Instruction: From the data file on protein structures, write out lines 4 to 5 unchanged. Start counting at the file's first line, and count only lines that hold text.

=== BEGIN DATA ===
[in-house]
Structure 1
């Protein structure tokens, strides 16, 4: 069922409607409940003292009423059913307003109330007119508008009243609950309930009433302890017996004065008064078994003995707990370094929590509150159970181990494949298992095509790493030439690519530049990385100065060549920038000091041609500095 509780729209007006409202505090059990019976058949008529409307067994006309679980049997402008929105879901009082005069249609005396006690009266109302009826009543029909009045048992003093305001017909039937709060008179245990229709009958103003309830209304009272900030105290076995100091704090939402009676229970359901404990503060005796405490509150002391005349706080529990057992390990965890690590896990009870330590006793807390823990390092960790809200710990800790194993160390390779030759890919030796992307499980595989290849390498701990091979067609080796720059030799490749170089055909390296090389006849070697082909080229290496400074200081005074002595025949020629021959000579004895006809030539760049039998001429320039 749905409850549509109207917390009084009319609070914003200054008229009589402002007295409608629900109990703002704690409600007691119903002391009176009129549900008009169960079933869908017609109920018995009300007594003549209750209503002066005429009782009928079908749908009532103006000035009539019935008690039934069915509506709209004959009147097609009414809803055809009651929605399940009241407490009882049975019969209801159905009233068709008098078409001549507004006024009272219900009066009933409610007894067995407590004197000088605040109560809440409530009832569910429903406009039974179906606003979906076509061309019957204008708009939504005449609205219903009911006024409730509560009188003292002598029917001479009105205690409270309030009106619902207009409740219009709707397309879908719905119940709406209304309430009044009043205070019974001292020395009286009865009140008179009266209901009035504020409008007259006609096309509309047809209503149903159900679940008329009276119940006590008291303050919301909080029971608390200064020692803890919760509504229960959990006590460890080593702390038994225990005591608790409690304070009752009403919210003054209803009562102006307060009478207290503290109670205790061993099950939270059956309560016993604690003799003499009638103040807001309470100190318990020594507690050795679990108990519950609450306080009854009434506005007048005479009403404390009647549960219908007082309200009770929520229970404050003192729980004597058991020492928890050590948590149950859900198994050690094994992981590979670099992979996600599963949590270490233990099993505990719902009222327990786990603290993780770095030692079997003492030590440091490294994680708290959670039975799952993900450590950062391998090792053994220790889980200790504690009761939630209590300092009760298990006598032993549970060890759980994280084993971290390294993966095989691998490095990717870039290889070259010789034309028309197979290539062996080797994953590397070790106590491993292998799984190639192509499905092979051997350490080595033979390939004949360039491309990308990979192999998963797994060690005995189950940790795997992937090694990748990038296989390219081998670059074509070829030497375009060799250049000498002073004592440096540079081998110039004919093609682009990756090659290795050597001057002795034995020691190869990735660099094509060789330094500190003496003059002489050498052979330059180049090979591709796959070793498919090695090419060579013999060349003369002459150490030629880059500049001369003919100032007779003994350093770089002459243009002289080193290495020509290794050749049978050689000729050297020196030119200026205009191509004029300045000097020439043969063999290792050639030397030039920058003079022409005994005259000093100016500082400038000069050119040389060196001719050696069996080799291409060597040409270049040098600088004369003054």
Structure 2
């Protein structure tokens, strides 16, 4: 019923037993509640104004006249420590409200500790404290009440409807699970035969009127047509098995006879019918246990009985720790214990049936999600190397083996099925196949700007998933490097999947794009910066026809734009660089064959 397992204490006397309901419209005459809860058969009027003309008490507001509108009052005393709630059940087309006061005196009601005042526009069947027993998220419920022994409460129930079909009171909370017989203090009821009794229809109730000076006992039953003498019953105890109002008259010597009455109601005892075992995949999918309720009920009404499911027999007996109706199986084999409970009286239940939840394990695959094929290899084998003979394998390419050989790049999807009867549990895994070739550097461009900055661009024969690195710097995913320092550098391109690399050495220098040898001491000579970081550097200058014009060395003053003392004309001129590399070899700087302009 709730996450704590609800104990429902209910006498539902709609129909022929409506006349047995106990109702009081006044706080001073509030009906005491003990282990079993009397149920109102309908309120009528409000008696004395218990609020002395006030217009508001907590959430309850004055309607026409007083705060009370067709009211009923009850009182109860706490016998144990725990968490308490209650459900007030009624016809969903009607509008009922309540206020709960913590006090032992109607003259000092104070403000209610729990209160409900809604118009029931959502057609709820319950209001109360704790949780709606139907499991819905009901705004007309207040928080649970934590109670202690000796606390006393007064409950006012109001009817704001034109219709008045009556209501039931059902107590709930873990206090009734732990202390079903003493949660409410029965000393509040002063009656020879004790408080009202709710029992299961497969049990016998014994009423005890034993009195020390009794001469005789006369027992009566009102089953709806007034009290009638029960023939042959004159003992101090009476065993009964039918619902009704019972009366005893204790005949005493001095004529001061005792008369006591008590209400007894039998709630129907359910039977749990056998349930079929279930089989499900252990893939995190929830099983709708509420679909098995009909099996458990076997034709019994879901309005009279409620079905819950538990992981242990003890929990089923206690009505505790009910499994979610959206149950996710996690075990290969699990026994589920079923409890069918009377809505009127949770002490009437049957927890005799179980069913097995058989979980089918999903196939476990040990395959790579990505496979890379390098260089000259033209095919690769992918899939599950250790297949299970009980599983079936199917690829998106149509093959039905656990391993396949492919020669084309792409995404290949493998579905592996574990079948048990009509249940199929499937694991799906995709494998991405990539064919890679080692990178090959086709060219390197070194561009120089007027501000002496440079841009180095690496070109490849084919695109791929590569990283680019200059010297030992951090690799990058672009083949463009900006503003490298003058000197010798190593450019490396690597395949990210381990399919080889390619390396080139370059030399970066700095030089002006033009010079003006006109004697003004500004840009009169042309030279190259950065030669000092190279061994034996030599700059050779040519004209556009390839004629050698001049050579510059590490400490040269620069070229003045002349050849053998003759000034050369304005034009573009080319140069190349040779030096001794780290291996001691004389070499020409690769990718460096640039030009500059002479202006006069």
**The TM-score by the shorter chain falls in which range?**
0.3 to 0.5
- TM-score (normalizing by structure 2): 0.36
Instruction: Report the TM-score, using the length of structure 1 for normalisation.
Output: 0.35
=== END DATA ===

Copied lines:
Structure 2
């Protein structure tokens, strides 16, 4: 019923037993509640104004006249420590409200500790404290009440409807699970035969009127047509098995006879019918246990009985720790214990049936999600190397083996099925196949700007998933490097999947794009910066026809734009660089064959 397992204490006397309901419209005459809860058969009027003309008490507001509108009052005393709630059940087309006061005196009601005042526009069947027993998220419920022994409460129930079909009171909370017989203090009821009794229809109730000076006992039953003498019953105890109002008259010597009455109601005892075992995949999918309720009920009404499911027999007996109706199986084999409970009286239940939840394990695959094929290899084998003979394998390419050989790049999807009867549990895994070739550097461009900055661009024969690195710097995913320092550098391109690399050495220098040898001491000579970081550097200058014009060395003053003392004309001129590399070899700087302009 709730996450704590609800104990429902209910006498539902709609129909022929409506006349047995106990109702009081006044706080001073509030009906005491003990282990079993009397149920109102309908309120009528409000008696004395218990609020002395006030217009508001907590959430309850004055309607026409007083705060009370067709009211009923009850009182109860706490016998144990725990968490308490209650459900007030009624016809969903009607509008009922309540206020709960913590006090032992109607003259000092104070403000209610729990209160409900809604118009029931959502057609709820319950209001109360704790949780709606139907499991819905009901705004007309207040928080649970934590109670202690000796606390006393007064409950006012109001009817704001034109219709008045009556209501039931059902107590709930873990206090009734732990202390079903003493949660409410029965000393509040002063009656020879004790408080009202709710029992299961497969049990016998014994009423005890034993009195020390009794001469005789006369027992009566009102089953709806007034009290009638029960023939042959004159003992101090009476065993009964039918619902009704019972009366005893204790005949005493001095004529001061005792008369006591008590209400007894039998709630129907359910039977749990056998349930079929279930089989499900252990893939995190929830099983709708509420679909098995009909099996458990076997034709019994879901309005009279409620079905819950538990992981242990003890929990089923206690009505505790009910499994979610959206149950996710996690075990290969699990026994589920079923409890069918009377809505009127949770002490009437049957927890005799179980069913097995058989979980089918999903196939476990040990395959790579990505496979890379390098260089000259033209095919690769992918899939599950250790297949299970009980599983079936199917690829998106149509093959039905656990391993396949492919020669084309792409995404290949493998579905592996574990079948048990009509249940199929499937694991799906995709494998991405990539064919890679080692990178090959086709060219390197070194561009120089007027501000002496440079841009180095690496070109490849084919695109791929590569990283680019200059010297030992951090690799990058672009083949463009900006503003490298003058000197010798190593450019490396690597395949990210381990399919080889390619390396080139370059030399970066700095030089002006033009010079003006006109004697003004500004840009009169042309030279190259950065030669000092190279061994034996030599700059050779040519004209556009390839004629050698001049050579510059590490400490040269620069070229003045002349050849053998003759000034050369304005034009573009080319140069190349040779030096001794780290291996001691004389070499020409690769990718460096640039030009500059002479202006006069």